Humor as a Survival Skill

Humor as a Survival Skill

Definition of survival
The American Heritage Dictionary defines survival as "Natural selection conceived of as a struggle for life in which only those organisms best adapted to existing conditions are able to survive …"(see also Gloria Gaynor "I will survive", "Destiny's Child "Survivor", and the official sound track of CBS's TV series "Survivor".)
   The Random House Dictionary defines a survival kit as a "package containing medical supplies, rations, and other vital equipment for use by a person forced to land in or parachute into the ocean, jungle, or other isolated or hostile territory." These may include, but are not limited to corporate boardrooms, company meetings, family gatherings or reunions, and other difficult situations. It's a jungle out there!
   An additional definition is to "get along or remain healthy, happy, and unaffected in spite of some occurrence." As everything that happens can be considered "an occurrence" the real meaning of this definition is to keep your cool at all times.

Concept of survival in Darwin
Darwin's Origin of Species by Means of Natural Selection was published in 1859. Darwin was doing two things:
  1. Determining whether evolution has occurred (and he shows evidence which supports the reality of evolution) and
  2. Explaining how evolution occurred.
His revolutionary work examines the nature of life, the diversity of living things, and their marvelous adaptations.
   Survival of the Funniest is based on the fact that humor is a natural instinct and in our lives today, a sense of humor is necessary to survive. In applying evolutionary theory to humor, and humor in life is like having Darwin meet the Dalai Lama. Laughter is essential to inner tranquility. Darwin concluded that generations of species pass on to their offspring characteristics that enable the species to survive. I fundamentally believe we can imprint a sense of humor on our species.

Humor in the workplace
  • Humor in the workplace must follow the AT&T principle - it must be Appropriate, Timely, and Tasteful says Dr. Joel Goodman of the Humor Project, who coined the phrase.

  • Laughter physically relaxes people, thereby increasing productivity and creativity. Reducing stress is the key.

  • Humor is the glue for effective teamwork. It enables people to step outside their respective roles and job titles to share something funny. U.S. psychologist Steve Wilson agrees. Work is serious business, he says. Laughter relieves emotional tension (which is part of stress), relaxes the muscles and imitates an aerobic workout through cardiovascular stimulation. It triggers the endorphin system, which helps relieve pain and enhances the immune system.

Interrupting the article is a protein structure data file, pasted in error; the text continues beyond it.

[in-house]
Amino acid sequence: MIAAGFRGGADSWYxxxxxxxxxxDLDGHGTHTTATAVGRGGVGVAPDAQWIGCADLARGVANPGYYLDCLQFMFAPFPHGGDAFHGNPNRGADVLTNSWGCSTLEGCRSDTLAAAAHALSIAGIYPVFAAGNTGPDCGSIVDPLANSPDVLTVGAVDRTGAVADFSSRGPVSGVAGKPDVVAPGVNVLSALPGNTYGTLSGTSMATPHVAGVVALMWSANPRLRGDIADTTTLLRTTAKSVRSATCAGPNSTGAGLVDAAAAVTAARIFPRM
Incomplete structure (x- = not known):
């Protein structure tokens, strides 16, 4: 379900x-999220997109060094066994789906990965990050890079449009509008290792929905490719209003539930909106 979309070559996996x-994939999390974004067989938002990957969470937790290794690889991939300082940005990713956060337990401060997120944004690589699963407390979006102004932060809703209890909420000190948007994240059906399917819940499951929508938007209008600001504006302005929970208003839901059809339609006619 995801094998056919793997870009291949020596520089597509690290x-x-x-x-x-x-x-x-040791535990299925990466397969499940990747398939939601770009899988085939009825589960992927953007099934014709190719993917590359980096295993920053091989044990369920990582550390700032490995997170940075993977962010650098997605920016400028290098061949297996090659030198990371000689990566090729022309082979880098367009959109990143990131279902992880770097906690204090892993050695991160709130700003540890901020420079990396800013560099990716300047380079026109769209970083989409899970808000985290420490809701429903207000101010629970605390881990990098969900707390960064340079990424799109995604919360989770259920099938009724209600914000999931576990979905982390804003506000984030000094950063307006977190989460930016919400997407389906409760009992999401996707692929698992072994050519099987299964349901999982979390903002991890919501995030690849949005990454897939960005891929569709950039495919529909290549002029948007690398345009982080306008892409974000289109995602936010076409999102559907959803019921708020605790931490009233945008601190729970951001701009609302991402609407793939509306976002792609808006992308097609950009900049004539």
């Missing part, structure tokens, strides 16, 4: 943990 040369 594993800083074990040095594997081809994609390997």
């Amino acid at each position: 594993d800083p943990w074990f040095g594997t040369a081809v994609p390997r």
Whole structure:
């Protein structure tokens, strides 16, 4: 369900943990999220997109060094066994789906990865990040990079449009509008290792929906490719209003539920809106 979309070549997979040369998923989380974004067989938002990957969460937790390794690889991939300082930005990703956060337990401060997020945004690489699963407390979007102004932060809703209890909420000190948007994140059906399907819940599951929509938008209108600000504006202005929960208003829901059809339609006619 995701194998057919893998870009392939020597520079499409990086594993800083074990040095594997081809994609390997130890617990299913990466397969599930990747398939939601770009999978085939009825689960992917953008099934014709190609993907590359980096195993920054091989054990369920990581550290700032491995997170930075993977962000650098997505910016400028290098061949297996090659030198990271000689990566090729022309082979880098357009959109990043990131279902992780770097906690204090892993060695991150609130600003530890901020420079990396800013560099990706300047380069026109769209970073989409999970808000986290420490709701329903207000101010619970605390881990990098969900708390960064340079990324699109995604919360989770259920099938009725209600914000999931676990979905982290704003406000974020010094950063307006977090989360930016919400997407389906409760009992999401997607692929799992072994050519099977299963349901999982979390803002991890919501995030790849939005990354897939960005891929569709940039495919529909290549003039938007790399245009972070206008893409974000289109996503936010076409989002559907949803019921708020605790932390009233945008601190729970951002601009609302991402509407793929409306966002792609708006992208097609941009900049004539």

• Sometimes dark humor is absolutely essential to survive in dangerous workplaces, both for workers and victims. Think of how firefighters handle their sometimes deadly environment. Deputy Chief John McDougall of the Mississauga, Ontario, Fire and Emergency Services places humor at the top of the list of essential qualities for a successful fire team. Being able to take a good-natured joke is just as important as giving it out, he says. "The humor is sometimes black, but that is the way the grisly and tragic scenes we face almost every day are dealt with."

    In the same manner, medical staff in Toronto hospitals during the 2003 SARS epidemic expressed their fears in black humor which led to some memorable laughs. Scarborough Grace Hospital, where the epidemic began, was called, tongue-in-cheek, SARS Central, and the Township of Scarborough, where the hospital is located, was baptized Sarsborough. For more background on how medical emergency workers used humor to keep their spirits up during those difficult days, see the article Laughter is a Survival Skill on this website.

  • After three decades of research the Mayo Clinic reported in 2000 that optimistic people live about 19% longer than pessimists. "It confirmed our common-sense belief …and tells us that mind and body are linked and that attitude has an impact on the final outcome, death," said Toshihiko Maruta, a psychiatrist who was the lead researcher in the project.

  • Humor is not a Flavor of the Month or a passing fancy. Other improvement programs have value, but humor is a basic. It's no coincidence that when researchers canvas the qualities of successful business leaders, a sense of humor is almost always a major factor. It's a key ingredient in rising to the top. Good leaders know how to bring humor into play in times of stress. Arguably, individuals are "naturally selected" in the corporate world when they demonstrate they can take their work seriously and themselves lightly. Humor can collapse an organization chart if people have permission to laugh in the workplace and the humor is top down.